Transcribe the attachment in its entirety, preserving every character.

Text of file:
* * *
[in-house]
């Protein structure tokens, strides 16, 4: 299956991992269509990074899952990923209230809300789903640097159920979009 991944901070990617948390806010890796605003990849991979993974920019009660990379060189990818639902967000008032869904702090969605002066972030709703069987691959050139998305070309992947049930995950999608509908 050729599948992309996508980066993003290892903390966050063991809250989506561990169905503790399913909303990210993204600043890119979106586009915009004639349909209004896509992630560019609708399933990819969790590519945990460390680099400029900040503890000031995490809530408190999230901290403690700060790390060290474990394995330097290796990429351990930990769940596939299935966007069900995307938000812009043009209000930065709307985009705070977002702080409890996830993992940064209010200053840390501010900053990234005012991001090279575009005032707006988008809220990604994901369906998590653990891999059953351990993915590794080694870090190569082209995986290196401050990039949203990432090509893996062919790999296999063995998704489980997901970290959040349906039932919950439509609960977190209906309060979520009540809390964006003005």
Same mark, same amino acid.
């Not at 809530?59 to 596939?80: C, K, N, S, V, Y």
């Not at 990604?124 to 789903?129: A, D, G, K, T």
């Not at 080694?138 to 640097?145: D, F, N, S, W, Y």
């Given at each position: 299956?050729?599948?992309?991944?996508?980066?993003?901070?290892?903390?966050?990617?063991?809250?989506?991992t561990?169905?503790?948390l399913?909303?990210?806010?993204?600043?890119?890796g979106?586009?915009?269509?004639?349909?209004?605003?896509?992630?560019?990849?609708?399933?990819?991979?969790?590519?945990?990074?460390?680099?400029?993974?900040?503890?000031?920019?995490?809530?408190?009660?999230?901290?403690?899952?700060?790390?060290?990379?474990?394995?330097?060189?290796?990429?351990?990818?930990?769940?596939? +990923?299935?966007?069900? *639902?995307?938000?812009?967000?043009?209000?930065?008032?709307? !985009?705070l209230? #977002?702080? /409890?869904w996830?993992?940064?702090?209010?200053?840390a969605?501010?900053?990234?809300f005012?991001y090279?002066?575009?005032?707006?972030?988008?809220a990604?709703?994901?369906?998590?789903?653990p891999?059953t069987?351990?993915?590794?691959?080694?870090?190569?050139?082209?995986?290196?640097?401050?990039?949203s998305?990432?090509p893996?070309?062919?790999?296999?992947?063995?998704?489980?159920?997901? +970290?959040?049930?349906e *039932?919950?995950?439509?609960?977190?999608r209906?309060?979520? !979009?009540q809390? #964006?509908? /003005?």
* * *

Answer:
[in-house]
């Protein structure tokens, strides 16, 4: 299956991992269509990074899952990923209230809300789903640097159920979009 991944901070990617948390806010890796605003990849991979993974920019009660990379060189990818639902967000008032869904702090969605002066972030709703069987691959050139998305070309992947049930995950999608509908 050729599948992309996508980066993003290892903390966050063991809250989506561990169905503790399913909303990210993204600043890119979106586009915009004639349909209004896509992630560019609708399933990819969790590519945990460390680099400029900040503890000031995490809530408190999230901290403690700060790390060290474990394995330097290796990429351990930990769940596939299935966007069900995307938000812009043009209000930065709307985009705070977002702080409890996830993992940064209010200053840390501010900053990234005012991001090279575009005032707006988008809220990604994901369906998590653990891999059953351990993915590794080694870090190569082209995986290196401050990039949203990432090509893996062919790999296999063995998704489980997901970290959040349906039932919950439509609960977190209906309060979520009540809390964006003005």
Same mark, same amino acid.
């Not at 809530?59 to 596939?80: C, K, N, S, V, Y």
């Not at 990604?124 to 789903?129: A, D, G, K, T």
């Not at 080694?138 to 640097?145: D, F, N, S, W, Y």
């Given at each position: 299956?050729?599948?992309?991944?996508?980066?993003?901070?290892?903390?966050?990617?063991?809250?989506?991992t561990?169905?503790?948390l399913?909303?990210?806010?993204?600043?890119?890796g979106?586009?915009?269509?004639?349909?209004?605003?896509?992630?560019?990849?609708?399933?990819?991979?969790?590519?945990?990074?460390?680099?400029?993974?900040?503890?000031?920019?995490?809530?408190?009660?999230?901290?403690?899952?700060?790390?060290?990379?474990?394995?330097?060189?290796?990429?351990?990818?930990?769940?596939? +990923?299935?966007?069900? *639902?995307?938000?812009?967000?043009?209000?930065?008032?709307? !985009?705070l209230? #977002?702080? /409890?869904w996830?993992?940064?702090?209010?200053?840390a969605?501010?900053?990234?809300f005012?991001y090279?002066?575009?005032?707006?972030?988008?809220a990604?709703?994901?369906?998590?789903?653990p891999?059953t069987?351990?993915?590794?691959?080694?870090?190569?050139?082209?995986?290196?640097?401050?990039?949203s998305?990432?090509p893996?070309?062919?790999?296999?992947?063995?998704?489980?159920?997901? +970290?959040?049930?349906e *039932?919950?995950?439509?609960?977190?999608r209906?309060?979520? !979009?009540q809390? #964006?509908? /003005?």